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LA will restore lanes, reverse controversial road changes in Playa del Rey

FILE: Vista del Mar in Playa del Rey where the city has reversed changes to a stretch of the road after a public uproar.
FILE: Vista del Mar in Playa del Rey where the city has reversed changes to a stretch of the road after a public uproar.
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After more than a month of building fury over changes made to a beachfront thoroughfare in Playa del Rey, the city of Los Angeles has announced it will add back two lanes of car traffic that had been eliminated for safety reasons.

Critics called it “one lane madness,” signed petitions, threatened lawsuits and even launched a campaign to recall City Councilman Mike Bonin after the city abruptly removed two lanes of Vista del Mar, a busy street which provides an alternative to the 405 Freeway linking communities in the South Bay with West L.A.

The street modifications were made in response to a decision in a wrongful death lawsuit that held the city liable for the death of a 16-year old girl who was struck and killed while crossing to get to her parked car. 

The city was forced to pay $9.5 million to the girl's family and take immediate action to redress the safety issues, leaving no time for the usual public input for such changes.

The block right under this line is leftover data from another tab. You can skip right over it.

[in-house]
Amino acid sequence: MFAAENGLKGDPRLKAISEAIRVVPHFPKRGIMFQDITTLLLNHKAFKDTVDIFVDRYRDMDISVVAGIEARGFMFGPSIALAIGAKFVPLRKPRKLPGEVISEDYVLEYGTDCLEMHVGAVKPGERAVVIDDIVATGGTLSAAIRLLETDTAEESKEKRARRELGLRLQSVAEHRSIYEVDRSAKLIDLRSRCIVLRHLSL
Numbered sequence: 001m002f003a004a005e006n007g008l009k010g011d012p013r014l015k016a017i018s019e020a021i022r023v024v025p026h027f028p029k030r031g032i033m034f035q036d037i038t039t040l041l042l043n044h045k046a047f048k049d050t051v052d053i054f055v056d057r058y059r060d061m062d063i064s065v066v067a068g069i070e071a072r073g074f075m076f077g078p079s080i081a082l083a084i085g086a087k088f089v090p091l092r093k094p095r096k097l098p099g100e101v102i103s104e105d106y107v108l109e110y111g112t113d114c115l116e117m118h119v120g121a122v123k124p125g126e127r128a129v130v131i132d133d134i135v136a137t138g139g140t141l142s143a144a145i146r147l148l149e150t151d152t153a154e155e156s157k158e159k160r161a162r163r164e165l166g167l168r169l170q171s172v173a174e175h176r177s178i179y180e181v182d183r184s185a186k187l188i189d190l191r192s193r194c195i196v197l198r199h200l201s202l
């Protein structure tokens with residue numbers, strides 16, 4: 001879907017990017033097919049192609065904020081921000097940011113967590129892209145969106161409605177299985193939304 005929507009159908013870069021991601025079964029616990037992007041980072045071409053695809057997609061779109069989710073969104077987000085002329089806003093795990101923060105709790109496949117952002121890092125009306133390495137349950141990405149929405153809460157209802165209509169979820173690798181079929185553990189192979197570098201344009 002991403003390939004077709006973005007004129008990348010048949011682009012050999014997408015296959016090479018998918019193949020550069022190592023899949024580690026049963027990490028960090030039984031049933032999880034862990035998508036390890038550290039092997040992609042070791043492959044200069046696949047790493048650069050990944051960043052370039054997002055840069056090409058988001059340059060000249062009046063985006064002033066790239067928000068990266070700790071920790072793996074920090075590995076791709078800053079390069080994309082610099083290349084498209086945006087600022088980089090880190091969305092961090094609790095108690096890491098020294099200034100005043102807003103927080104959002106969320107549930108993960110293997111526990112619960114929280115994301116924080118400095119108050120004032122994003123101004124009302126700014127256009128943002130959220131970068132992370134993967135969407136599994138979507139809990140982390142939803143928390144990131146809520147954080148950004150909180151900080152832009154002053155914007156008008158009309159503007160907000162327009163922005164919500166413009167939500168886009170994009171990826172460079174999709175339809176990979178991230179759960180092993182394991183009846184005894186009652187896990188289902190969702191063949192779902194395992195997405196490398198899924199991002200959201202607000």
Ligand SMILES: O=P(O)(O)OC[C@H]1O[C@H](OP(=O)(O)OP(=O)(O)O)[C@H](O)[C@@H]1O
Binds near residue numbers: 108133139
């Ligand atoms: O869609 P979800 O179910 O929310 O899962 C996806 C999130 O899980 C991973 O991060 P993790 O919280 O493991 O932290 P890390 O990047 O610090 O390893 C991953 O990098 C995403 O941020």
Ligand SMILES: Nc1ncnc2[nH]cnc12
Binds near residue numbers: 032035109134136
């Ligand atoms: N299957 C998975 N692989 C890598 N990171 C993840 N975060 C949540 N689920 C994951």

Virtually overnight, the L.A. Department of Transportation restriped the road, moving all parking to the west side of the street to prevent the need for parking visitors to dart across the busy road to the beach. Due to state laws requiring access to beaches, the full amount of parking could not be eliminated.

But late Wednesday, Councilman Bonin announced a new approach to achieve the goals: the county would offer some free and discounted parking at its Dockweiler Beach paid lot, thus eliminating the legal need for parking along Vista del Mar.

Both lanes will be restored to the road starting in August.

"This will keep it safe and remove the biggest liability, which is people parking up there," said L.A. County Supervisor Janice Hahn, who orchestrated the new plan with Bonin. "This is a good compromise, a good solution."

In a video released by Bonin Wednesday, he apologized for the inconvenience the changes had brought to local commuters.

“If you are one of the many people who were inconvenienced, who were late to work, or who missed a bedtime story with your toddler, I am truly sorry,” Bonin said. “We are working to make this right.”

But he contended the latest decision was not influenced by the effort to recall him or sue the city, and that the rollback of the Vista del Mar road diet was not a retreat from his bullish insistence on prioritizing safety.

"There's no single prescription on how to do that. You've got to try things and take some risks," he said.

Some safety advocates are concerned that widening the street to four lanes again will only encourage unsafe conditions.

"To me, the speeding has been a major concern on that street, so what’s the new design gonna do to calm the traffic?" asked Deborah Murphy, the head of the L.A. Walks organization. She wants to see the city do more to address pedestrian safety beyond moving the parking.

Bonin has called for the creation of a task force made up of officials, residents and local business people, to work together to come up with more safety measures for the street.